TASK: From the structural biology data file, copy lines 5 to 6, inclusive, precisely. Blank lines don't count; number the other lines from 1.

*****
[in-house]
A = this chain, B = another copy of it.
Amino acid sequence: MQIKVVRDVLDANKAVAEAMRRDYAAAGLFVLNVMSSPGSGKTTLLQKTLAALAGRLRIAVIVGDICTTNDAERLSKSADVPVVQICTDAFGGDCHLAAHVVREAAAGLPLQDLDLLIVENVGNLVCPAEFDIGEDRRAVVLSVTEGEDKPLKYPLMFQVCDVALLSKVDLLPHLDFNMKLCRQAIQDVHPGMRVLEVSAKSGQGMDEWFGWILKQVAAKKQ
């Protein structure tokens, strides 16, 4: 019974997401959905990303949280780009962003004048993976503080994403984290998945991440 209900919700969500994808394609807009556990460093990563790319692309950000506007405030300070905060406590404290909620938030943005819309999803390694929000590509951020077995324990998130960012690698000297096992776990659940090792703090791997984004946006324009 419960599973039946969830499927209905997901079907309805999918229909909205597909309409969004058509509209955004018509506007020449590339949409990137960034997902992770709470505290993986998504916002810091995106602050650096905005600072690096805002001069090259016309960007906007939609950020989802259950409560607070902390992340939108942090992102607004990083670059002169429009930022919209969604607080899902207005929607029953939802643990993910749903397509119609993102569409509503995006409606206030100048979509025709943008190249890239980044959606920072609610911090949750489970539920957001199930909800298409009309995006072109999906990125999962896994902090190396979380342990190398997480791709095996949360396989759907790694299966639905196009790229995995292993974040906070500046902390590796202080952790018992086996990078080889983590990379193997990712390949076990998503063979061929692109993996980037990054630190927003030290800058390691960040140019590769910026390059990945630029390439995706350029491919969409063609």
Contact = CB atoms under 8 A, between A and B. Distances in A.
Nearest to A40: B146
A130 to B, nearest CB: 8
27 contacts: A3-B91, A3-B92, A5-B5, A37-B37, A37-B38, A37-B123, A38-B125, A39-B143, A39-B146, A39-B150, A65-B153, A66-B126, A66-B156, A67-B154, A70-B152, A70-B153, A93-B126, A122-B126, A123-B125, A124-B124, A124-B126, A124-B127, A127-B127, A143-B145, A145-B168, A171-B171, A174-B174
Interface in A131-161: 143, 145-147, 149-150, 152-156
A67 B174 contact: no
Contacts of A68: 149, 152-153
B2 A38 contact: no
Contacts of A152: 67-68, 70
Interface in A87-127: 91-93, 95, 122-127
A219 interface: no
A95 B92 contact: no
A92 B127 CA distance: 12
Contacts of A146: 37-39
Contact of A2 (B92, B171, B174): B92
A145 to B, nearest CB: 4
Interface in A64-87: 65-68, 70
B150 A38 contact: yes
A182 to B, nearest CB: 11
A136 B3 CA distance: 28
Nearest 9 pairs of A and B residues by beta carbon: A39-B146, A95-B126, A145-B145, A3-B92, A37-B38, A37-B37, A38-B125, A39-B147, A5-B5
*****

Contact = CB atoms under 8 A, between A and B. Distances in A.
Nearest to A40: B146